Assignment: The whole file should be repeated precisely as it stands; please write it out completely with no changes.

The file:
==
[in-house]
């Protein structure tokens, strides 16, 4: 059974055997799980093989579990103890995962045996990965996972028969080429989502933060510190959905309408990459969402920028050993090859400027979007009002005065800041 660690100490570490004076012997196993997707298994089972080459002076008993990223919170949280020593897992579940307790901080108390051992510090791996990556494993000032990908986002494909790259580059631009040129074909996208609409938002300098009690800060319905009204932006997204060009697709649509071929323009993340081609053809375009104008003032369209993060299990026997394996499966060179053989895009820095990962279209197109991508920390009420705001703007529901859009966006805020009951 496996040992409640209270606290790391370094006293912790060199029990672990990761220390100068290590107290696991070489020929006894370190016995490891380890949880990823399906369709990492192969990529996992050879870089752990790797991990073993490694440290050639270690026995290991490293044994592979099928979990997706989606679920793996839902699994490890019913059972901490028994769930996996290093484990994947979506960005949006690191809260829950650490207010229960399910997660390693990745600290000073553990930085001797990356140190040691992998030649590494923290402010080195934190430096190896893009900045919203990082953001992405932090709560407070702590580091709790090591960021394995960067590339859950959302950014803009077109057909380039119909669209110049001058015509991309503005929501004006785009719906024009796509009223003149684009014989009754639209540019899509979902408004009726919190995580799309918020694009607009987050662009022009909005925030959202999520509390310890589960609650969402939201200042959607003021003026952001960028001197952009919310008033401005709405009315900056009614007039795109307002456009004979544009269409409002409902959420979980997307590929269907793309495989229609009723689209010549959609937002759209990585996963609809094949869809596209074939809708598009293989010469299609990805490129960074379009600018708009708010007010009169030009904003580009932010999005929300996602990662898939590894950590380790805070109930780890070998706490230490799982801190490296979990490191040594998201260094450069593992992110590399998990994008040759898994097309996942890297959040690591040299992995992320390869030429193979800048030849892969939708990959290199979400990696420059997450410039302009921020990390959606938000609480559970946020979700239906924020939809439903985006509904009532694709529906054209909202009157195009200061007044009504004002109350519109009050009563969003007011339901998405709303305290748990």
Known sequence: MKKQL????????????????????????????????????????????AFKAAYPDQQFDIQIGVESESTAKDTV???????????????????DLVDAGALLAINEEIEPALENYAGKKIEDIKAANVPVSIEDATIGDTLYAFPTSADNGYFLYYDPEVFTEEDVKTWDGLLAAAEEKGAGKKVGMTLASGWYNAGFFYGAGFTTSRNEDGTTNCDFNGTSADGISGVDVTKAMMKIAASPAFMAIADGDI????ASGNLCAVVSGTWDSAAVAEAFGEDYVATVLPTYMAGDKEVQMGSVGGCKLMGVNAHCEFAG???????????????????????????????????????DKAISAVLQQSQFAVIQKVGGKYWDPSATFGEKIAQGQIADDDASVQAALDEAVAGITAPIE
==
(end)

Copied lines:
[in-house]
């Protein structure tokens, strides 16, 4: 059974055997799980093989579990103890995962045996990965996972028969080429989502933060510190959905309408990459969402920028050993090859400027979007009002005065800041 660690100490570490004076012997196993997707298994089972080459002076008993990223919170949280020593897992579940307790901080108390051992510090791996990556494993000032990908986002494909790259580059631009040129074909996208609409938002300098009690800060319905009204932006997204060009697709649509071929323009993340081609053809375009104008003032369209993060299990026997394996499966060179053989895009820095990962279209197109991508920390009420705001703007529901859009966006805020009951 496996040992409640209270606290790391370094006293912790060199029990672990990761220390100068290590107290696991070489020929006894370190016995490891380890949880990823399906369709990492192969990529996992050879870089752990790797991990073993490694440290050639270690026995290991490293044994592979099928979990997706989606679920793996839902699994490890019913059972901490028994769930996996290093484990994947979506960005949006690191809260829950650490207010229960399910997660390693990745600290000073553990930085001797990356140190040691992998030649590494923290402010080195934190430096190896893009900045919203990082953001992405932090709560407070702590580091709790090591960021394995960067590339859950959302950014803009077109057909380039119909669209110049001058015509991309503005929501004006785009719906024009796509009223003149684009014989009754639209540019899509979902408004009726919190995580799309918020694009607009987050662009022009909005925030959202999520509390310890589960609650969402939201200042959607003021003026952001960028001197952009919310008033401005709405009315900056009614007039795109307002456009004979544009269409409002409902959420979980997307590929269907793309495989229609009723689209010549959609937002759209990585996963609809094949869809596209074939809708598009293989010469299609990805490129960074379009600018708009708010007010009169030009904003580009932010999005929300996602990662898939590894950590380790805070109930780890070998706490230490799982801190490296979990490191040594998201260094450069593992992110590399998990994008040759898994097309996942890297959040690591040299992995992320390869030429193979800048030849892969939708990959290199979400990696420059997450410039302009921020990390959606938000609480559970946020979700239906924020939809439903985006509904009532694709529906054209909202009157195009200061007044009504004002109350519109009050009563969003007011339901998405709303305290748990």
Known sequence: MKKQL????????????????????????????????????????????AFKAAYPDQQFDIQIGVESESTAKDTV???????????????????DLVDAGALLAINEEIEPALENYAGKKIEDIKAANVPVSIEDATIGDTLYAFPTSADNGYFLYYDPEVFTEEDVKTWDGLLAAAEEKGAGKKVGMTLASGWYNAGFFYGAGFTTSRNEDGTTNCDFNGTSADGISGVDVTKAMMKIAASPAFMAIADGDI????ASGNLCAVVSGTWDSAAVAEAFGEDYVATVLPTYMAGDKEVQMGSVGGCKLMGVNAHCEFAG???????????????????????????????????????DKAISAVLQQSQFAVIQKVGGKYWDPSATFGEKIAQGQIADDDASVQAALDEAVAGITAPIE